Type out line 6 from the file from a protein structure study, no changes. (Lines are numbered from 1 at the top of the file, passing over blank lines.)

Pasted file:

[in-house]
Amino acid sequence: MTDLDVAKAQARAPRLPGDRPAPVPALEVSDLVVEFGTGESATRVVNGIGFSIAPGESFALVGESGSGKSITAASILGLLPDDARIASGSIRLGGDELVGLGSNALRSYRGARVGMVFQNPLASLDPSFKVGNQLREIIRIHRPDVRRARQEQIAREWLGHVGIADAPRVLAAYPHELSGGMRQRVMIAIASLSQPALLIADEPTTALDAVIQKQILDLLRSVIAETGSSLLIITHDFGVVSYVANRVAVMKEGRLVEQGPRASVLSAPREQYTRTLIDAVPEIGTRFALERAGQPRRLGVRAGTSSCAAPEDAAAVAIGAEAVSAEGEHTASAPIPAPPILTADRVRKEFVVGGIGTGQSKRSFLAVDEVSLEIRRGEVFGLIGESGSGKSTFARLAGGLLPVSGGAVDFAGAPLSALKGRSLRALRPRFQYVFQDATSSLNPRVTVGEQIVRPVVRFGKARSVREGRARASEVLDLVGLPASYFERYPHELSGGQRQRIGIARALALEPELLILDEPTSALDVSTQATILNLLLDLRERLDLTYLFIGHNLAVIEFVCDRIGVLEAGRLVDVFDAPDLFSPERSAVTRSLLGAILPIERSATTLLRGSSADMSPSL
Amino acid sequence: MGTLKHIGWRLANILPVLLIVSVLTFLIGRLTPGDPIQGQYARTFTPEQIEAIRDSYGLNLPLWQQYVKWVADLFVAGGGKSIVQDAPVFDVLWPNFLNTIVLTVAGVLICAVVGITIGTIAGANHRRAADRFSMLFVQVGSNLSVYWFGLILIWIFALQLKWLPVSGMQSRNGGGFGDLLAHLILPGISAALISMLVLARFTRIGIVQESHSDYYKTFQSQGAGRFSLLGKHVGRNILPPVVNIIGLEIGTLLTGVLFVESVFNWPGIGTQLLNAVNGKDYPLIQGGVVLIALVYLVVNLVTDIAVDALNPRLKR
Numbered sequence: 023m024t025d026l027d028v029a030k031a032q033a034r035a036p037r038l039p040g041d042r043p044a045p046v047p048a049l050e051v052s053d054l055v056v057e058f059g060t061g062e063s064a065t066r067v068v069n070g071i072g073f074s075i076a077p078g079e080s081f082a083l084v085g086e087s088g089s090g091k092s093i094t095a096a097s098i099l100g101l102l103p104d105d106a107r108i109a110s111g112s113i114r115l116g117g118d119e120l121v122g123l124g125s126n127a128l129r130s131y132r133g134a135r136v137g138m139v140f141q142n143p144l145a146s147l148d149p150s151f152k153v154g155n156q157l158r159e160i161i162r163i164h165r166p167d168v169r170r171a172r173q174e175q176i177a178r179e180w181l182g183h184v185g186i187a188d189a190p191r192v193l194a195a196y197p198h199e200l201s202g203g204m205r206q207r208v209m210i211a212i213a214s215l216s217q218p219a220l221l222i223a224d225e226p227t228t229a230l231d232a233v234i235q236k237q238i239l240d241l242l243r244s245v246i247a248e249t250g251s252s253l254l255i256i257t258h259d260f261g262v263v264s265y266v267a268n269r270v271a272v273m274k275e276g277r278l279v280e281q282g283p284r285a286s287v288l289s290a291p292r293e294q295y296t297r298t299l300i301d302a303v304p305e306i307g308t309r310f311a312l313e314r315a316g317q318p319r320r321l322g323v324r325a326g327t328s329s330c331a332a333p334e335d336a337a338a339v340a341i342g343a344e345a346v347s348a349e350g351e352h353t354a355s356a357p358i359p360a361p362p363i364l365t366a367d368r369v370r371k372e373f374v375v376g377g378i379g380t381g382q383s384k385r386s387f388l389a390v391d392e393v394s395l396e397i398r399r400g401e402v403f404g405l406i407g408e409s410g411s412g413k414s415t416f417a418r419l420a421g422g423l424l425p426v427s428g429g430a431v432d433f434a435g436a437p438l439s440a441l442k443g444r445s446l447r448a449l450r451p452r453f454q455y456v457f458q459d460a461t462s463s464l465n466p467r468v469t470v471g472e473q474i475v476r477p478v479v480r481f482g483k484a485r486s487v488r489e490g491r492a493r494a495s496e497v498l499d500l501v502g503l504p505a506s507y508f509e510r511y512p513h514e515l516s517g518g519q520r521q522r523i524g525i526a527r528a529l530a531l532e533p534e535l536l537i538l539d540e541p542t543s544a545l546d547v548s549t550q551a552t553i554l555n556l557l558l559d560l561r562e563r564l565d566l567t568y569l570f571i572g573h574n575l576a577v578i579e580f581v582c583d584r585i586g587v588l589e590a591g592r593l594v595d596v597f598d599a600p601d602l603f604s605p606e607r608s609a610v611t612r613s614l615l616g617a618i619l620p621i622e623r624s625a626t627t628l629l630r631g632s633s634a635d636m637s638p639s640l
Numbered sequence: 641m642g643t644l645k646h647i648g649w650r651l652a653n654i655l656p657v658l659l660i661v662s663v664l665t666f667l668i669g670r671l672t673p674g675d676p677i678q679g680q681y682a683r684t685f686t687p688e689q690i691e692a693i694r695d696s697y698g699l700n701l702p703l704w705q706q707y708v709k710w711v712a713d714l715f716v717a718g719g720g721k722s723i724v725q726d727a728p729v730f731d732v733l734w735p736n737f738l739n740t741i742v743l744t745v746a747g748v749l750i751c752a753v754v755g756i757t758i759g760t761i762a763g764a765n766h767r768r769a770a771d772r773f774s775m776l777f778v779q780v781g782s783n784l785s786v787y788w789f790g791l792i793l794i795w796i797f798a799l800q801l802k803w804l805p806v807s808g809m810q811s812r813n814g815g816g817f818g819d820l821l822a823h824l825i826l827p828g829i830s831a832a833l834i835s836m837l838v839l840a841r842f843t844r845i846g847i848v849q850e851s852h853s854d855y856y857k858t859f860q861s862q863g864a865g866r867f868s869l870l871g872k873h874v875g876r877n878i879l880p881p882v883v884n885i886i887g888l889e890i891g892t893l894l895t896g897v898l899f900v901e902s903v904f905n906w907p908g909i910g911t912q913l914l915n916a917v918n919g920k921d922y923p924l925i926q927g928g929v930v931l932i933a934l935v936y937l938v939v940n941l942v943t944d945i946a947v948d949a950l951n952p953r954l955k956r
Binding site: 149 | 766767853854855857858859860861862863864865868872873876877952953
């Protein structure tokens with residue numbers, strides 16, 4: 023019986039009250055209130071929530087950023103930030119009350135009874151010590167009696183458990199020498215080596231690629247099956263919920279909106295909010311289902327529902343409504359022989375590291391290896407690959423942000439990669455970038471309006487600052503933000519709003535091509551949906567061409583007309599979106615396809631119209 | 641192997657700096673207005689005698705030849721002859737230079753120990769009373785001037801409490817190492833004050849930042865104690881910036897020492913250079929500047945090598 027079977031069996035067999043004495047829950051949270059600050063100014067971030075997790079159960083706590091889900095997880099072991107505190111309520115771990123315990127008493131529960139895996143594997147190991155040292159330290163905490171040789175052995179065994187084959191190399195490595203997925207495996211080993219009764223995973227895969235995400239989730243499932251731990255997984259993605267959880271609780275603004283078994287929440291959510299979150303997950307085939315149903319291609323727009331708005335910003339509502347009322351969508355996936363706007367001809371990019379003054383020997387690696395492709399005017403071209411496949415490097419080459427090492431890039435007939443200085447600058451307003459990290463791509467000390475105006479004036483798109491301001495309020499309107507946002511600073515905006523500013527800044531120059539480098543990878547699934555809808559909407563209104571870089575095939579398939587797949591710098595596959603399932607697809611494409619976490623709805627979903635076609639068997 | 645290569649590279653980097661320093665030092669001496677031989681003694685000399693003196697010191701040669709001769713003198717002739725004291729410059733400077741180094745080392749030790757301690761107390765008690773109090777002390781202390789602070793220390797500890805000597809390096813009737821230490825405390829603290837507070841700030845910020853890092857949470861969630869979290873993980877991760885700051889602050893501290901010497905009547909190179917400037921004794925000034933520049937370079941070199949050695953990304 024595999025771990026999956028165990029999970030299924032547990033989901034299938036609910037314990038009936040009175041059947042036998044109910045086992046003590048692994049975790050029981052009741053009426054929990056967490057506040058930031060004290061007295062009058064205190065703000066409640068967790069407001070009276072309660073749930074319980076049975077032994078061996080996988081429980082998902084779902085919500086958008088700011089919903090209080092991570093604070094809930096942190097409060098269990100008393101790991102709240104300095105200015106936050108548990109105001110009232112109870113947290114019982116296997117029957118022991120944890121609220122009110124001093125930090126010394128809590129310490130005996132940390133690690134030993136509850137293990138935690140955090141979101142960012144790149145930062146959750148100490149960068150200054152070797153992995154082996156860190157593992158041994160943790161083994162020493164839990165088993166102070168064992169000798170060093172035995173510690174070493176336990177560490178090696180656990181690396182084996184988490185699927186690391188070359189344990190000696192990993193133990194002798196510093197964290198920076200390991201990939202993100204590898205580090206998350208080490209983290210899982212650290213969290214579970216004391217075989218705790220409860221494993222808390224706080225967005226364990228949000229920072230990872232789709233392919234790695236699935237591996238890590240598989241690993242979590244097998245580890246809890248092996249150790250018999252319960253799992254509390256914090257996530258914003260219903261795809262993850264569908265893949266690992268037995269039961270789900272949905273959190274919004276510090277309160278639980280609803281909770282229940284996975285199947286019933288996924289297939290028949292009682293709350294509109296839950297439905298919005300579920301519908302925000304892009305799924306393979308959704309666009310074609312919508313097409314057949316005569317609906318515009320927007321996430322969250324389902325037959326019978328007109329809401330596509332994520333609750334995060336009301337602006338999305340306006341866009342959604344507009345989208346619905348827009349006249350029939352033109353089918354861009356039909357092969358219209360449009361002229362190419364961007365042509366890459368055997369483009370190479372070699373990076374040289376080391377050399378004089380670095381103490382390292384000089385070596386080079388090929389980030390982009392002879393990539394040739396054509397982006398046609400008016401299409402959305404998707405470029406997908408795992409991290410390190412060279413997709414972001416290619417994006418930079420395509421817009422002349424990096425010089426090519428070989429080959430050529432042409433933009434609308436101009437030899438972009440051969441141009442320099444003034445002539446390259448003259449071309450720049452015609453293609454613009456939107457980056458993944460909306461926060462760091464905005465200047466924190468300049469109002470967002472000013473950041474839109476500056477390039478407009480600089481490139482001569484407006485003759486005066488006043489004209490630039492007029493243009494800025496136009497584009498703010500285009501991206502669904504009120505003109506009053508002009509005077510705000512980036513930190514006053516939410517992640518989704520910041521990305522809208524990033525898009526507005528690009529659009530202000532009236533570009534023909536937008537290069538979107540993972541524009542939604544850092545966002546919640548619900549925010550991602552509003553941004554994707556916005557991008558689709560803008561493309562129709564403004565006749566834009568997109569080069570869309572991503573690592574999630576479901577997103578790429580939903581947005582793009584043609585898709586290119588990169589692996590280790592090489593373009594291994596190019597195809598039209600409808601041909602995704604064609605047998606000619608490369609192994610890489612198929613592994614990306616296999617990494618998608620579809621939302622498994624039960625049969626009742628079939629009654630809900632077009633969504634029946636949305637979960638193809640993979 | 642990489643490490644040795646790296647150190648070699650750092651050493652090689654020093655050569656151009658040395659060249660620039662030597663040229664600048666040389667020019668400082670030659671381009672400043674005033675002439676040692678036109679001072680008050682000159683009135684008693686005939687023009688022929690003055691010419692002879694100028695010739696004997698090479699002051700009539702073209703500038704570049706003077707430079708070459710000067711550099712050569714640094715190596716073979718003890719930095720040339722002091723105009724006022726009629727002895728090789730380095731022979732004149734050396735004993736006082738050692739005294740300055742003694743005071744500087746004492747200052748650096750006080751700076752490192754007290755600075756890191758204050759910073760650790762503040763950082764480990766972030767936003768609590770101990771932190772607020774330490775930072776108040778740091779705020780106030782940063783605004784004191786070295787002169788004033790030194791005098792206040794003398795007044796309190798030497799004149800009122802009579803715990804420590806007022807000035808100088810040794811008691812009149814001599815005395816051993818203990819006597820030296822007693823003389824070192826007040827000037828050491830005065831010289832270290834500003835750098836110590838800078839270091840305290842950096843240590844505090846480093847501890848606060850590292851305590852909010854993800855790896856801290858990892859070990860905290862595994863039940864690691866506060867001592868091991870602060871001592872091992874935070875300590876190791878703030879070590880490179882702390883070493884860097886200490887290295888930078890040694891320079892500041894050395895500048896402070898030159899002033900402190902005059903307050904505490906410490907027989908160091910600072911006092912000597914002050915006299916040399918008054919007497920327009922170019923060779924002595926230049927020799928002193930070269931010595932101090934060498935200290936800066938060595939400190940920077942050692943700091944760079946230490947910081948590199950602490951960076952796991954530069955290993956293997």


Binding site: 149 | 766767853854855857858859860861862863864865868872873876877952953